After last week’s surprising inventory climb reported by the Energy Information Administration, data released by the American Petroleum Institute on Wednesday displayed further gains. According to the advance figures, US onshore inventories rose by 4.200 million barrels last week despite expectations that stockpiles would fall by -1.500 million barrels. Crude oil in storage at Cushing also rose, climbing 528,000 barrels last week, beating forecasts of 500,000 additional barrels and marking increases in four of the last five weeks.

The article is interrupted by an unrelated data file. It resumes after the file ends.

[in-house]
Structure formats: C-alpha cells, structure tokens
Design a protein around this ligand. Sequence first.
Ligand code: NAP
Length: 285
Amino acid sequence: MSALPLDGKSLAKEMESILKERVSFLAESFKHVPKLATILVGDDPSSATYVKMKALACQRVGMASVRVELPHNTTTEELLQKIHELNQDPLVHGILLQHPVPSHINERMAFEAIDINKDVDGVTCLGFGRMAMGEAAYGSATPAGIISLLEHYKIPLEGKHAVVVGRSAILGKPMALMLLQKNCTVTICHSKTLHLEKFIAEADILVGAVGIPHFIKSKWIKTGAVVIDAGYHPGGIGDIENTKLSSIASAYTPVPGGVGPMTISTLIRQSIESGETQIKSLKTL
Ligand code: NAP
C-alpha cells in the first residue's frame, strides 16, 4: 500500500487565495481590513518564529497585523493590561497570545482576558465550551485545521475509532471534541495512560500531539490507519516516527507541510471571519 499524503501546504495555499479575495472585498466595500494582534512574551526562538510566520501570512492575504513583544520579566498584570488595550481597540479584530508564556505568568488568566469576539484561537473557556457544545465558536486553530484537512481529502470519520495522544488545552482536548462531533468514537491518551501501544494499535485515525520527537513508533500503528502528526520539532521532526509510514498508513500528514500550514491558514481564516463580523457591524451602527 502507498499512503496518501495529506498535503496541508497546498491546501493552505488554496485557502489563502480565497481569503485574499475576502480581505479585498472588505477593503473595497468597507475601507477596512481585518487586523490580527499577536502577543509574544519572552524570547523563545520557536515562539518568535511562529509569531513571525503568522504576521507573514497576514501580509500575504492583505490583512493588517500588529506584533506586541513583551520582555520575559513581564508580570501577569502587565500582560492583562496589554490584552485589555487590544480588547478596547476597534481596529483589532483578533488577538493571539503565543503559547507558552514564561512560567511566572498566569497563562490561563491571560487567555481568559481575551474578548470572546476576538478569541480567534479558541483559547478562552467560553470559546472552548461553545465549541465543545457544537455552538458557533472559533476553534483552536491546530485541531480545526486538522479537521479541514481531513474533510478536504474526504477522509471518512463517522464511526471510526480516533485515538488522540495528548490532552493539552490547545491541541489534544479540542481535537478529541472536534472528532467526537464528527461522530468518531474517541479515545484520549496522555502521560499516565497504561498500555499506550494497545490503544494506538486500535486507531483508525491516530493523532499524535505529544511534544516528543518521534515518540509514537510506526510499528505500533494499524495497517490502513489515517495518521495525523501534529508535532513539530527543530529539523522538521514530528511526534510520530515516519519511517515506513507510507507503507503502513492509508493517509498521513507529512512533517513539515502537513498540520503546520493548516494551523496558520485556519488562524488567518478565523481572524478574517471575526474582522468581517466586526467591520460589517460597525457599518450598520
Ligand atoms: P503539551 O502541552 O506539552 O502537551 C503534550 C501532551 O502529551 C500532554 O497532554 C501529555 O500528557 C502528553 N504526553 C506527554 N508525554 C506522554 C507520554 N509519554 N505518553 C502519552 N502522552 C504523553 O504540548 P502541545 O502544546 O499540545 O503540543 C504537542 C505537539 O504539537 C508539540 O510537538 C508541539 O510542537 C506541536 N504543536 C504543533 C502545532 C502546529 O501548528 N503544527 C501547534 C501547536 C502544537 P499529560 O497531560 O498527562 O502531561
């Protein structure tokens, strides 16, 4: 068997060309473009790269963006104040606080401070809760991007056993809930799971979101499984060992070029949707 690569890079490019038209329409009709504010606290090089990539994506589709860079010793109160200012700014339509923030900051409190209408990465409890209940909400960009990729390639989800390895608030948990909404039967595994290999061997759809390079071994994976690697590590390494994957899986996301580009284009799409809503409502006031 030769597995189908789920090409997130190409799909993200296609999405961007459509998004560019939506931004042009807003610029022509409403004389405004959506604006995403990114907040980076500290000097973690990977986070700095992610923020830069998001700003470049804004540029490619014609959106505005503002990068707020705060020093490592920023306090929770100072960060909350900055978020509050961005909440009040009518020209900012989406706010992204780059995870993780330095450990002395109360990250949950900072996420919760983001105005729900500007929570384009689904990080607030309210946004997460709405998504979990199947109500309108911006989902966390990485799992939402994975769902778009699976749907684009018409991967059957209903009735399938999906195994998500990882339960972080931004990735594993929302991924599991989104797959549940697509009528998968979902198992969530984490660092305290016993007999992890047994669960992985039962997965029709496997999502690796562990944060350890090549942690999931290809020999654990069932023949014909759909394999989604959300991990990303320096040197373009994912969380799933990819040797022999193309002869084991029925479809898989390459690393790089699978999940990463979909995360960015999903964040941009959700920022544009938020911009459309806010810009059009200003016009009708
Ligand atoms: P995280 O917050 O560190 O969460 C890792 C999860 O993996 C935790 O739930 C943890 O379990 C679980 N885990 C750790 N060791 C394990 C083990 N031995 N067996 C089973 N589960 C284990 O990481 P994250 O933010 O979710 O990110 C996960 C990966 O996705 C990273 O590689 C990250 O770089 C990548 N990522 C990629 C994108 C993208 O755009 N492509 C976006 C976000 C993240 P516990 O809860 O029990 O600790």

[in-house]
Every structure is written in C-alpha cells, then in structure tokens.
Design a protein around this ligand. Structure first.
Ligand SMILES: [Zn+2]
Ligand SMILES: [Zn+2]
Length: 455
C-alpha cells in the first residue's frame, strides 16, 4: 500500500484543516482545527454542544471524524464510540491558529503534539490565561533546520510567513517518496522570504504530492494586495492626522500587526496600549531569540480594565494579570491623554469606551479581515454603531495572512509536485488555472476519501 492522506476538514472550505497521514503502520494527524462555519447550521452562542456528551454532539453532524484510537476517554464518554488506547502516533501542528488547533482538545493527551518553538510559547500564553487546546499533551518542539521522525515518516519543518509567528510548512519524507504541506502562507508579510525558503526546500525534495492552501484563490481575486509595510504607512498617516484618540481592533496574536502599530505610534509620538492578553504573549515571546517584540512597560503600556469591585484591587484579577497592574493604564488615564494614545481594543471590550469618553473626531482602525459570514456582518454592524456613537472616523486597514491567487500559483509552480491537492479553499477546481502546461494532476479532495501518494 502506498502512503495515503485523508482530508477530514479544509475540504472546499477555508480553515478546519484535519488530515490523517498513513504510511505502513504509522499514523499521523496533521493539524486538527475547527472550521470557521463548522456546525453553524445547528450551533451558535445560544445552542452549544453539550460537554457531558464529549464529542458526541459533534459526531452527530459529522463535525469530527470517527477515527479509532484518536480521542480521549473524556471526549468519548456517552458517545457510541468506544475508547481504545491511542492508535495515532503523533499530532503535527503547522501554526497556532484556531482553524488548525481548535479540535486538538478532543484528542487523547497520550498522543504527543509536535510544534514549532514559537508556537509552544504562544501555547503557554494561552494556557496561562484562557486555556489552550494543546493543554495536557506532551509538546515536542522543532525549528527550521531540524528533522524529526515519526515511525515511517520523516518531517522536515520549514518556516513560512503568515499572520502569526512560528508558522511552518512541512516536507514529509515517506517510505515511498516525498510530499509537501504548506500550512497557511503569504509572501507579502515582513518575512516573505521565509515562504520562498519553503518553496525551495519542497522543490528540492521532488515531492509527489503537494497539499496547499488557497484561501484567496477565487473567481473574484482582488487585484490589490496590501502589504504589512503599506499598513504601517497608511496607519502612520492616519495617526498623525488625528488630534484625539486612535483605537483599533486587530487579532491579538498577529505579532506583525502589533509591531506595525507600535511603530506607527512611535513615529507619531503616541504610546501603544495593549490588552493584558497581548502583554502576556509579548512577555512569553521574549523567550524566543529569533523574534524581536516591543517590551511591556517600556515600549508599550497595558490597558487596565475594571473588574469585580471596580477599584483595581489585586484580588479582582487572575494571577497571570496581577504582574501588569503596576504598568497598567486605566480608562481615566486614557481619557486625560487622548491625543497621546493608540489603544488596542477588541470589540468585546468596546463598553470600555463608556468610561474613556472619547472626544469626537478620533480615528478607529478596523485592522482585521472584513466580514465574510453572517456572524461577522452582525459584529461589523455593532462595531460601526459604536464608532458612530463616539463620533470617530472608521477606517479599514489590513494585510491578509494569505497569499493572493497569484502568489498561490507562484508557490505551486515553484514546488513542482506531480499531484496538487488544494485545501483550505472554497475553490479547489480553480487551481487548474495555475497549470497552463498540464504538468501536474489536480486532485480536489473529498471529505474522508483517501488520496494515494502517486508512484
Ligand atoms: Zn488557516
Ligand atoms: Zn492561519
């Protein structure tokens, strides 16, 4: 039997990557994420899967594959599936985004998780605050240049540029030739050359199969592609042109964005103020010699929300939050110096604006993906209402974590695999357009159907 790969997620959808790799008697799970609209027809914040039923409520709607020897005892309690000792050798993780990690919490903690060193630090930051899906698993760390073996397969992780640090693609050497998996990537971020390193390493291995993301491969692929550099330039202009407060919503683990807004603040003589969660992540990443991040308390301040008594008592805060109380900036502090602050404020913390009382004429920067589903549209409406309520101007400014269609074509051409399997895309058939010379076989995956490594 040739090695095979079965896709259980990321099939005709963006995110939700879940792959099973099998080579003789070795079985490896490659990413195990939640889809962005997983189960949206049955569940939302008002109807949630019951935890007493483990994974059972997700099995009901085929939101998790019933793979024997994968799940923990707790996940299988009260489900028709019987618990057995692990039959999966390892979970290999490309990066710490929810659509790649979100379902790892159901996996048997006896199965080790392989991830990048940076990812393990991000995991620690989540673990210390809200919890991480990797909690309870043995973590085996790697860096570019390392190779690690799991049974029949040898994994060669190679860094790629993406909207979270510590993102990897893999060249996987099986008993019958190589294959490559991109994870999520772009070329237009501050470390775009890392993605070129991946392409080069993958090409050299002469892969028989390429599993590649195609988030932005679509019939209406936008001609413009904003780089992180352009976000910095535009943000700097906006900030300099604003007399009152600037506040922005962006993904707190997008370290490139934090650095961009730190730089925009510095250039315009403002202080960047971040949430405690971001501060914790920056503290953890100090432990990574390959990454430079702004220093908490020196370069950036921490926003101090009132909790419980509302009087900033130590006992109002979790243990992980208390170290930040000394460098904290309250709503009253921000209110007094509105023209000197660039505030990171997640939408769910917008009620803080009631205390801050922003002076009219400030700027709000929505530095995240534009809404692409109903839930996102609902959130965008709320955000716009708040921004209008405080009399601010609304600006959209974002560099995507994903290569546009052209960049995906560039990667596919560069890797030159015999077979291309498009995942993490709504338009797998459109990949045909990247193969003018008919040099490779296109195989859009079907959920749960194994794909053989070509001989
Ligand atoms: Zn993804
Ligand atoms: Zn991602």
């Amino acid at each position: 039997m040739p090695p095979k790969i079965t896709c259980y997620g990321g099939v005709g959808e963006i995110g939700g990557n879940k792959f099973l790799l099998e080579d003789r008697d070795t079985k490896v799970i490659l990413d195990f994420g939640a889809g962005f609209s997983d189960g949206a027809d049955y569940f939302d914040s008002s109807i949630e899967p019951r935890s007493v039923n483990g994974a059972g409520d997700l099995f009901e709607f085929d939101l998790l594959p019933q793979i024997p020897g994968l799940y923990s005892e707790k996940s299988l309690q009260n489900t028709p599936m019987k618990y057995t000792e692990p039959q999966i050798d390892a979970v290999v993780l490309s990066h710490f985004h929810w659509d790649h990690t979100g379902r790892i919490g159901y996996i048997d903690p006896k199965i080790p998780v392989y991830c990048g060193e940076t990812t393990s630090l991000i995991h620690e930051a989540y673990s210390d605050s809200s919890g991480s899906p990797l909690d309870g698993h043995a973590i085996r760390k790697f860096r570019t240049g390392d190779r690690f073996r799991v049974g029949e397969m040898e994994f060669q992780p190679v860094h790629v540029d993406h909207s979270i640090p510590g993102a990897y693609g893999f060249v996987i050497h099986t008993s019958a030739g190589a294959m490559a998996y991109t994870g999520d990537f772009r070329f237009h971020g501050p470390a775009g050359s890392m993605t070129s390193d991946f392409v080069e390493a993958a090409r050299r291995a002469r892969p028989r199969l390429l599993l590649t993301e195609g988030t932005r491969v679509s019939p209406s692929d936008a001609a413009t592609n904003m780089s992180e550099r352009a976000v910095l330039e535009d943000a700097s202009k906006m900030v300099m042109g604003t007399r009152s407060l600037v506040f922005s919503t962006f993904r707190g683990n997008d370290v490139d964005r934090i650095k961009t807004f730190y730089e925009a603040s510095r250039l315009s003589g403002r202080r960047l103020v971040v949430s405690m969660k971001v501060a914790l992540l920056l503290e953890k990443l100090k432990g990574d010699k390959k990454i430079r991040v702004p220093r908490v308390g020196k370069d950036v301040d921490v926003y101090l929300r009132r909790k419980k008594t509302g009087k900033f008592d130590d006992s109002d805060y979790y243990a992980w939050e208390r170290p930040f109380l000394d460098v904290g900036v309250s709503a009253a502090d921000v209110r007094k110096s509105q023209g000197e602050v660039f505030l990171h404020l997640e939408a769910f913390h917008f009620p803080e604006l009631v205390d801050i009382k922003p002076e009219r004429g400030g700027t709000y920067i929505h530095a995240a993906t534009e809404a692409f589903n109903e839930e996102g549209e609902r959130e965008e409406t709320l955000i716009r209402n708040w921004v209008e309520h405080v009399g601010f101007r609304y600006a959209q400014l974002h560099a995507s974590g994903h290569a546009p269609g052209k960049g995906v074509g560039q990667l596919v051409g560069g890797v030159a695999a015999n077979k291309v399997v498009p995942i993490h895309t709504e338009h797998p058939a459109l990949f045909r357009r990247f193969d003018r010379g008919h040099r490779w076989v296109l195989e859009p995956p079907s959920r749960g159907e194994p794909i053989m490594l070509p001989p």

WTI futures fell nearly $0.90 after the announcement, trending back below $54.00 per barrel ahead of Thursday’s official data from the EIA. The biggest question looming over the market is whether shale production will continue to rise and if the OPEC deal implementation will be successful or face threats from noncompliant members. Crude for February delivery has recovered all the prior session’s losses, retaking the $54.00 level.